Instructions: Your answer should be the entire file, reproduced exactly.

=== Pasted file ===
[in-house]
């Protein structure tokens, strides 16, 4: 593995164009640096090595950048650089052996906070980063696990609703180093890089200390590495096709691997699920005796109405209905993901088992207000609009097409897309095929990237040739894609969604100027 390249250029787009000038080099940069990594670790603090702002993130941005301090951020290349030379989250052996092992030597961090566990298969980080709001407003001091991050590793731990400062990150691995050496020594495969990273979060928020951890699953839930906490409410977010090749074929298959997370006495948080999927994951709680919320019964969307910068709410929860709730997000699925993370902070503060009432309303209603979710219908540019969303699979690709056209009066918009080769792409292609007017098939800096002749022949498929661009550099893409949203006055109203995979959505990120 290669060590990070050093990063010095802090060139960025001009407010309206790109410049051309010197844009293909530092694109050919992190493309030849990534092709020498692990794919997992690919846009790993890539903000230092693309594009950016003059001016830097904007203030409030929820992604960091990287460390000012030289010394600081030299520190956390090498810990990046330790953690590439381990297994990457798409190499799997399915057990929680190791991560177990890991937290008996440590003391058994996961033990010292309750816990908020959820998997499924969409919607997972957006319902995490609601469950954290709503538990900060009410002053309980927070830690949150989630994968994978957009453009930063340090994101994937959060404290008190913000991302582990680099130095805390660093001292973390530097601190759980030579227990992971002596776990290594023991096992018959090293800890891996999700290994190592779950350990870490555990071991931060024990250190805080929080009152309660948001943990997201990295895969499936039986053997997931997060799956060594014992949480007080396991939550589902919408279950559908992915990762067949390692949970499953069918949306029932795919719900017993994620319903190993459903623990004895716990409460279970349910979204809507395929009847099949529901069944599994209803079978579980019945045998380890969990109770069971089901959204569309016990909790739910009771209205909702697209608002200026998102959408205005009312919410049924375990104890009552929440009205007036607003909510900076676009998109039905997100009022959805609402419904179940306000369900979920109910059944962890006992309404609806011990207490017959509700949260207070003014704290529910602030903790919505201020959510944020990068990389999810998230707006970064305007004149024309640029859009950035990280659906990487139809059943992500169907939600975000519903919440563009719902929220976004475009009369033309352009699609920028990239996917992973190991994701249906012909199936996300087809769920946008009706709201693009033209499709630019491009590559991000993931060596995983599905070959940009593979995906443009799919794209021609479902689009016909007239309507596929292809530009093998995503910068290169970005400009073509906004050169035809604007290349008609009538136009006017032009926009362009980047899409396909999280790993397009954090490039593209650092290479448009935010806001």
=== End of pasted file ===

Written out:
[in-house]
């Protein structure tokens, strides 16, 4: 593995164009640096090595950048650089052996906070980063696990609703180093890089200390590495096709691997699920005796109405209905993901088992207000609009097409897309095929990237040739894609969604100027 390249250029787009000038080099940069990594670790603090702002993130941005301090951020290349030379989250052996092992030597961090566990298969980080709001407003001091991050590793731990400062990150691995050496020594495969990273979060928020951890699953839930906490409410977010090749074929298959997370006495948080999927994951709680919320019964969307910068709410929860709730997000699925993370902070503060009432309303209603979710219908540019969303699979690709056209009066918009080769792409292609007017098939800096002749022949498929661009550099893409949203006055109203995979959505990120 290669060590990070050093990063010095802090060139960025001009407010309206790109410049051309010197844009293909530092694109050919992190493309030849990534092709020498692990794919997992690919846009790993890539903000230092693309594009950016003059001016830097904007203030409030929820992604960091990287460390000012030289010394600081030299520190956390090498810990990046330790953690590439381990297994990457798409190499799997399915057990929680190791991560177990890991937290008996440590003391058994996961033990010292309750816990908020959820998997499924969409919607997972957006319902995490609601469950954290709503538990900060009410002053309980927070830690949150989630994968994978957009453009930063340090994101994937959060404290008190913000991302582990680099130095805390660093001292973390530097601190759980030579227990992971002596776990290594023991096992018959090293800890891996999700290994190592779950350990870490555990071991931060024990250190805080929080009152309660948001943990997201990295895969499936039986053997997931997060799956060594014992949480007080396991939550589902919408279950559908992915990762067949390692949970499953069918949306029932795919719900017993994620319903190993459903623990004895716990409460279970349910979204809507395929009847099949529901069944599994209803079978579980019945045998380890969990109770069971089901959204569309016990909790739910009771209205909702697209608002200026998102959408205005009312919410049924375990104890009552929440009205007036607003909510900076676009998109039905997100009022959805609402419904179940306000369900979920109910059944962890006992309404609806011990207490017959509700949260207070003014704290529910602030903790919505201020959510944020990068990389999810998230707006970064305007004149024309640029859009950035990280659906990487139809059943992500169907939600975000519903919440563009719902929220976004475009009369033309352009699609920028990239996917992973190991994701249906012909199936996300087809769920946008009706709201693009033209499709630019491009590559991000993931060596995983599905070959940009593979995906443009799919794209021609479902689009016909007239309507596929292809530009093998995503910068290169970005400009073509906004050169035809604007290349008609009538136009006017032009926009362009980047899409396909999280790993397009954090490039593209650092290479448009935010806001």